Mounting and spiralling debts are serious issues that affect many people and can cause stress and unrest amongst those who might be facing bankruptcy. Financial pressures and debt issues can put families under a huge amount of strain and in many cases, even cause the family to split up.

When parents split the impact on the family can be devastating. Unfortunately, there is a lot more to take into consideration in addition to dividing the assets – especially where debts are concerned.

Complications can occur if either party has debts in their sole or in your joint names, and certainly if one party is on the verge of bankruptcy.

Repossession Notice (c) The Economic VoiceWhat happens in bankruptcy?

When a person declares themselves as bankrupt all of their assets are held by the Trustee in Bankruptcy [1]. This means that the overall value of the matrimonial assets will depreciate due to the impact of the bankrupt spouse.

The Trustee in Bankruptcy administers the bankruptcy and is usually an accountant who specialises in personal bankruptcy. It is the Trustee’s role to manage the assets, such as property, and sell them to pay off the bankrupt’s debts.

What happens if one party is bankrupt?

If both spouses are homeowners and their home is in both names, the house cannot be transferred into the other spouse’s name without the consent of the Trustee in Bankruptcy. In addition, it is usually the case the spouse must buy the bankrupt’s share of the house at a reasonable market value and this would only be possible if the spouse had the necessary funds with which to proceed.

However, it is more common that it is non-homeowners who are found to file for bankruptcy. 77% of people who file for bankruptcy are non-homeowners [2]. Only 23% who do file for bankruptcy will have their share of the home transferred to the Trustee in Bankruptcy.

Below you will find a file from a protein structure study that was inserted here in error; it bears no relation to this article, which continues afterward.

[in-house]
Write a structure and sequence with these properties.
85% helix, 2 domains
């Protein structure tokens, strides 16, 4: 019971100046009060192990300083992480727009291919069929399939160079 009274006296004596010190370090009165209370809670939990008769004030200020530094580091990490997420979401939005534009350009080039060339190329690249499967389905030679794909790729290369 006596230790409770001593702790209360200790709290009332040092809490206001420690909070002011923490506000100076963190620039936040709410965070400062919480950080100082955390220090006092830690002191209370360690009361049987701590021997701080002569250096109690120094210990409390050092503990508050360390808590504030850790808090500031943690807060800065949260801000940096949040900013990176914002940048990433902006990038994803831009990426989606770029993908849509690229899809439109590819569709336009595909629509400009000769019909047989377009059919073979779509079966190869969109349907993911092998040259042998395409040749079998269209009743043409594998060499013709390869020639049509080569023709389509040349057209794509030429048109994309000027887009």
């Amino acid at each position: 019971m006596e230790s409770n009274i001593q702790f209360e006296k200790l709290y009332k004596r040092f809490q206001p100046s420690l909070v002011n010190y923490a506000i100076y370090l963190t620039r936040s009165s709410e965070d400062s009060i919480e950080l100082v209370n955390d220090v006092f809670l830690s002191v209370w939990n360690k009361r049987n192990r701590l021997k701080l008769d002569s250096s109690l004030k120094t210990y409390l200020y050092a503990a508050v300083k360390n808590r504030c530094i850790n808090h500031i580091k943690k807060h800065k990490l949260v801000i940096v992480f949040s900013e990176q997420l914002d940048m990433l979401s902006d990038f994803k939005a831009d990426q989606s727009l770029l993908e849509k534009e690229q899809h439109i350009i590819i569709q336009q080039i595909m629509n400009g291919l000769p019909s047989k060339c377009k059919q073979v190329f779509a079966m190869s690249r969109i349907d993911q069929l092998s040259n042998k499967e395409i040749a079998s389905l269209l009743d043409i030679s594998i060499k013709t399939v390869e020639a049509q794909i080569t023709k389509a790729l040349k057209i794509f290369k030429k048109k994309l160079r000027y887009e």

What else should I know?

There are many conflicting factors to take into account in the event of divorcing couple, one of whom has debt problems or is on the verge of bankruptcy.

Depending on the circumstances of the situation, it is usually very unlikely that the bankrupt spouse will be able to pay a lump sum to the spouse as all assets and income will be managed by the trustee and used to pay off debts.

When it comes dividing the assets, particularly in the case of property such as the matrimonial home, it’s important to keep in mind that the needs of the non-bankrupt spouse will follow those of the outstanding creditors.

This is a difficult issue to navigate. Should your family ever feel that divorce is the only option in the wake of bankruptcy, then it requires a great deal of care and diplomacy to get everything resolved.

[1] www.detini.gov.uk/deti-insolvency-index/insolvency-bankruptcy/insolvency-trustee-in-bankruptcy.htm

[2] http://bankruptcy.org.uk/bankruptcy/component/content/article/98932

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